- Tropical storm Celia will affect pineapple supply from Southern Mexico.
- The recent heat waves in Northern California caused plants to have rapid growth spurts and may affect the quality of broccoli crowns. We know that strawberry and lettuce plants do not like sustained high temperatures, either.
- Farm crews can only work during very early mornings when temperatures are cooler in orchards and fields. Limited harvesting hours will limit supply for fruit, melon and vegetables.
New and Exciting
Cucumber: Armenian cucumbers are here. Slender, long and curly, they have a crisp and juicy quality, with a sweet flavor. Surprisingly, they’re technically not cucumbers, and are botanically classified as melons. (The same botanical family includes melon, squash, cucumber and pumpkin.)
* Fig (right): Black Mission figs and Adriatic figs are here, but they’re going fast! Uniquely sweet with a creamy texture, the Black Mission fig has dark purple-brown skin, pink-red flesh, and is sure to satisfy. The Adriatic fig has green skin with deep red flesh and a flavor like strawberry jam!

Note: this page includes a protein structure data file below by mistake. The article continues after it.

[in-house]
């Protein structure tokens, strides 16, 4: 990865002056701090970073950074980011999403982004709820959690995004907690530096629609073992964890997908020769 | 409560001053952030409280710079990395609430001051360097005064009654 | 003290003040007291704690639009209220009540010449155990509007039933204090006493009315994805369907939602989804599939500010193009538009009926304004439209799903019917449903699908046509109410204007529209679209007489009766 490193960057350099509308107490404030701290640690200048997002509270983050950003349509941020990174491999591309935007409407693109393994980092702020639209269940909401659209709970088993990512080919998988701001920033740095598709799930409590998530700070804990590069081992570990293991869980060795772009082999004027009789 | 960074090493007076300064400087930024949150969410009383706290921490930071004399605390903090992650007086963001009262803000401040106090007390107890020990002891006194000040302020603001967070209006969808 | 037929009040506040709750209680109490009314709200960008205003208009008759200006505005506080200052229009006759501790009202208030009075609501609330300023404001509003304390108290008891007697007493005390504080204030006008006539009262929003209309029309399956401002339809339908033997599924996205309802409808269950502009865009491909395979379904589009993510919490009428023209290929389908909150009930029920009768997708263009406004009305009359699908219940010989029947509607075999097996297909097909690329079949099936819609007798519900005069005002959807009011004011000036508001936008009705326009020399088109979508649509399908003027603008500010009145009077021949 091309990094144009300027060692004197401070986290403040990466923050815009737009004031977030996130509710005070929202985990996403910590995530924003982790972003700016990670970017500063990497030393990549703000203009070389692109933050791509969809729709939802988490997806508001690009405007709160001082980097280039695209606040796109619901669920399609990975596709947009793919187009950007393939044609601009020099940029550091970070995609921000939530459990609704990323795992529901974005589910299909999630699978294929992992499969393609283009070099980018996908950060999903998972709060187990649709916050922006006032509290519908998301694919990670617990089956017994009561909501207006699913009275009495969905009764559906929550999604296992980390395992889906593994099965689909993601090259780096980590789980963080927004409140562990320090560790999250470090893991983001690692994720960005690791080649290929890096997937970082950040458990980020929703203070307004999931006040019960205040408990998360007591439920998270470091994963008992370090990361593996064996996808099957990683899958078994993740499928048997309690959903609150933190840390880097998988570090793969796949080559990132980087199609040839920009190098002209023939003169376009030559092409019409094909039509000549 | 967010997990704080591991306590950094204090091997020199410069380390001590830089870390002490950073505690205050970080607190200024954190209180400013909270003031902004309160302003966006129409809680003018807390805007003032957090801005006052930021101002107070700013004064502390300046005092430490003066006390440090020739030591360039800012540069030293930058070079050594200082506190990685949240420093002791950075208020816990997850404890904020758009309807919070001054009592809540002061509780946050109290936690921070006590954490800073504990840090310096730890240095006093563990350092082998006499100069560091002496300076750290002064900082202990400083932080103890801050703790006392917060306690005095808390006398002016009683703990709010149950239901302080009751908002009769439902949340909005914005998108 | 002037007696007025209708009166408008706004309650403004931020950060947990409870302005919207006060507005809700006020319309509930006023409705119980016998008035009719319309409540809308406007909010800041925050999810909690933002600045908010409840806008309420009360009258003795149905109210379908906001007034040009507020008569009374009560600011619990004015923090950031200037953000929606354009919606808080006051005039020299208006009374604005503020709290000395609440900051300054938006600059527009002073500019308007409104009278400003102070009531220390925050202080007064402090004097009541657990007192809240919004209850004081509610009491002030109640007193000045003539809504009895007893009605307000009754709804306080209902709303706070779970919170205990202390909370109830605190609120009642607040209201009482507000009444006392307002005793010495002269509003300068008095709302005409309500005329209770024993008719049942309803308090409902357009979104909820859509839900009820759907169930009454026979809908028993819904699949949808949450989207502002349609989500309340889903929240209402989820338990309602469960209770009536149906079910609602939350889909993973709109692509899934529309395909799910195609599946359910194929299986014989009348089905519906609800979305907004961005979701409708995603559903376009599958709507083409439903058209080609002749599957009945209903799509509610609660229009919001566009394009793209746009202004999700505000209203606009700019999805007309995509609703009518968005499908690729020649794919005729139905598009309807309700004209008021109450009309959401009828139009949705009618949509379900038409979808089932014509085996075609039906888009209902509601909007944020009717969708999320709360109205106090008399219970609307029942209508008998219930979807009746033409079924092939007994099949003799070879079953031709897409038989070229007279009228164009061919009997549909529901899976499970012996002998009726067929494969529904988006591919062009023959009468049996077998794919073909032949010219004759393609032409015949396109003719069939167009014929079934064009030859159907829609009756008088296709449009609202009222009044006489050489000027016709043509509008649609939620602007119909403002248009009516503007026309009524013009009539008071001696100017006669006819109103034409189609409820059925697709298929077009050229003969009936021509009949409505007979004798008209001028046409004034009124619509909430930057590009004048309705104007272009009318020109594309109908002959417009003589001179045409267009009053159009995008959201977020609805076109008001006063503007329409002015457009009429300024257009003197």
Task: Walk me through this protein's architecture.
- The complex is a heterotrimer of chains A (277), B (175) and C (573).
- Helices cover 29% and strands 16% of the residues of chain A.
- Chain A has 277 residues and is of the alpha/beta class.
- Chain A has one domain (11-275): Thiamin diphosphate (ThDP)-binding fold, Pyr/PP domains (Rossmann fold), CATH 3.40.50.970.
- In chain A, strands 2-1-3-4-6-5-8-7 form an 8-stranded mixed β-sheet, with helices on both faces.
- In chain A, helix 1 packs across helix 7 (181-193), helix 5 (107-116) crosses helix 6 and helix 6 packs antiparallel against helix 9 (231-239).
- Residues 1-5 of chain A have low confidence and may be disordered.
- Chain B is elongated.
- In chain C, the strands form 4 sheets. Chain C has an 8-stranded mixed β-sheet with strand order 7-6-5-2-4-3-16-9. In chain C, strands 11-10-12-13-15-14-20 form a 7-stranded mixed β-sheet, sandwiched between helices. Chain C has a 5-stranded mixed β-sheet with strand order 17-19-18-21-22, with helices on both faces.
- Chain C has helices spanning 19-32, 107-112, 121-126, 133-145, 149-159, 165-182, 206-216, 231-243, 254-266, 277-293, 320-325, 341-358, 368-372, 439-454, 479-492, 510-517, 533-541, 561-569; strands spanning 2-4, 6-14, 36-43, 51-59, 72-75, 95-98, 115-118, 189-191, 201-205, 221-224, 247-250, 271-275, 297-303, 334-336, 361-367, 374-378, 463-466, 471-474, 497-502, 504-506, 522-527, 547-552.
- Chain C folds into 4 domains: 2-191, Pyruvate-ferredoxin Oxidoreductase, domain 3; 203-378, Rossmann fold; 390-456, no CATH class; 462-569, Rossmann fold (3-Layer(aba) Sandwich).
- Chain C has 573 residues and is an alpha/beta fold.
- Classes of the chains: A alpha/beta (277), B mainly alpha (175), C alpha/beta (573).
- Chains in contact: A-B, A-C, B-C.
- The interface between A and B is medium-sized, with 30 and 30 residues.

* Grape (left): New varieties of “High Flavor Profile” specialty grapes are here! Although the cotton candy variety is somewhat familiar, there are many new varieties emerging on the market, all seedless, with different skin color, size, and shapes. Ask your account manager for guidance. None of them are genetically modified, just old-fashioned hybrid plant breeding to maximize sugar and flavor!
Papaya: Great supply of papaya has just landed, and we’re excited for the deliciously sweet fruit.